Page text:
Setup for the Sonoff devices Can be technically pretty complicated as many people will “flash the firmware” on these devices in order to let them work directly with smartthings. But if you’re OK with a technical setup process and you want to save some money, these are a very popular choice.
If you are in the US, the Zooz zen31 is a good Z wave option, but it is not available for Europe.
There are many additional brands in this category, but quite a few are inexpensive Chinese knockoff‘s of Sonoff or gledopto and don’t typically have the same safety certifications. Hopefully some of the people who are using well engineered alternatives from other brands will add reviews to this thread.
Zemismart and RGBGenie are good examples of lesser known brands in this category that seem to have decent engineering. However, community reports have been that color control is not always accurate with these.
(I will update this section as reviews are added below.)
Note that most light strips can be cut shorter if desired, but you won’t be able to do anything with the pieces you’ve cut off.
- Smart Strips
A.Philips Hue Strips. Require the Hue bridge. Work well. Also works with HomeKit. Expensive.
B. Sylvania Smart+ zigbee strips. Work directly with the smartthings hub, no bridge required. Work well.
C. LIFX . WiFi, even though the model name is “zstrip.” Requires their own gateway. Lets you set different sections of one strip to different colors.
D. Meross. WiFi. Does not require a bridge. Has an official smartthings integration and also works with HomeKit. This is a good quality budget brand, about half the price of LIFX. Two 16’ strips. The main drawback compared to other brands is that the white is not adjustable, it is always a warm white.
E. Eria. Zigbee 3.0. A newer brand. Can work with the Hue bridge. Says it can also work with the smartthings hub without a bridge, but I haven’t seen anyone confirm that.
F. Aeotec makes a zwave Smart light strip, but it was very expensive and did not sell well in the US. So has become hard to find. Included here for completeness, but not a popular item at this time.
- Smart Controllers for use with Dumb Strips
A. Zooz zen31. US Zwave. A fairly new item, but the smartest house has always been committed to providing smartthings support for their devices. Works directly with a smartthings hub, no additional bridge required. Value priced, especially for a Z wave device.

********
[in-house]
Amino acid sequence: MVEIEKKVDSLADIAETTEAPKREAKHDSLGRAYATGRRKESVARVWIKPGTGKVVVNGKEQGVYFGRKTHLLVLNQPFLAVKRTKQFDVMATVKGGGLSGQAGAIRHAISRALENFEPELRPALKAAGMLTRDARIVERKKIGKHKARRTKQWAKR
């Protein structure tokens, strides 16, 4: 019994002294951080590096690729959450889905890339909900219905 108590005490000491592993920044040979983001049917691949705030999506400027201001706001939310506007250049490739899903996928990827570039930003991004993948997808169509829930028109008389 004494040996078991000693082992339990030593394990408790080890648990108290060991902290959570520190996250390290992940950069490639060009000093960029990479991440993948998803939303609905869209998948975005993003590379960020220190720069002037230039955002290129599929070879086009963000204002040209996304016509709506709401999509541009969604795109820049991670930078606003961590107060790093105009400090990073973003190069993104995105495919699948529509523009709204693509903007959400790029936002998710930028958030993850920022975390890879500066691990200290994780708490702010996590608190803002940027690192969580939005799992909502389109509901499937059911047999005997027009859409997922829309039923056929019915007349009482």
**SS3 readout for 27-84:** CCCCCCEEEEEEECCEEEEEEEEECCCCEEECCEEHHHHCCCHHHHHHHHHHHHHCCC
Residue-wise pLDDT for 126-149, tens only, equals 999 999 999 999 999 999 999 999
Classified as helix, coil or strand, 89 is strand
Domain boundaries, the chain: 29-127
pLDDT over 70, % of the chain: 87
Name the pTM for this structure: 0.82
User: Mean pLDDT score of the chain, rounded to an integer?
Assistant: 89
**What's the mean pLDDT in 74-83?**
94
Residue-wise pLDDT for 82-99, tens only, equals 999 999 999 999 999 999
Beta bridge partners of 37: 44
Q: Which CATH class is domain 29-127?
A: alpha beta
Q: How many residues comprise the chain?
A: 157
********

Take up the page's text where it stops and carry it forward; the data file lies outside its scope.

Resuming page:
B. Gledopto zigbee 3.0 controller. Popular budget choice. Works directly with SmartThings, no additional bridge device required. Or if you prefer it can be connected via a Hue bridge if you want additional effects available from the hue app or if you don’t want to have to use any custom code. If it is connected to a Hue bridge, it will show up as an RGBW lightbulb in the smartthings app.
If you need an F type plug for the Gledopto controller, see the following thread:
C. Sonoff WiFi controller. Requires significant technical skill for set up. No additional bridge device required. Note that product descriptions for the base kit often say it is a “smart LED strip.“ It is not. It is a smart controller with a dumb strip.
D. RGBGenie. Zigbee. Seems to work best with hue bridge, but can be connected directly to smartthings. Some complaints about color accuracy.
E. RGBGenie. Zwave. This is a different model than the zigbee version. Requires custom code. No bridge device required.
E. Zemismart. Zigbee. Connect directly to SmartThings.
(Note that they also have a Wi-Fi model that does not integrate with SmartThings.)
Devices that worked with Classic, but now appear to fail with the new V3 app
A. Fibaro RGBW Controller. Zwave. Many advanced features. This Worked well with the Classic app but required custom code. However, as of September 2020, many people are reporting that it is not working with the new V3 app. Fibaro does not seem to be interested in providing smartthings-specific code. So although it has been very popular, I am removing it from the candidate list for now.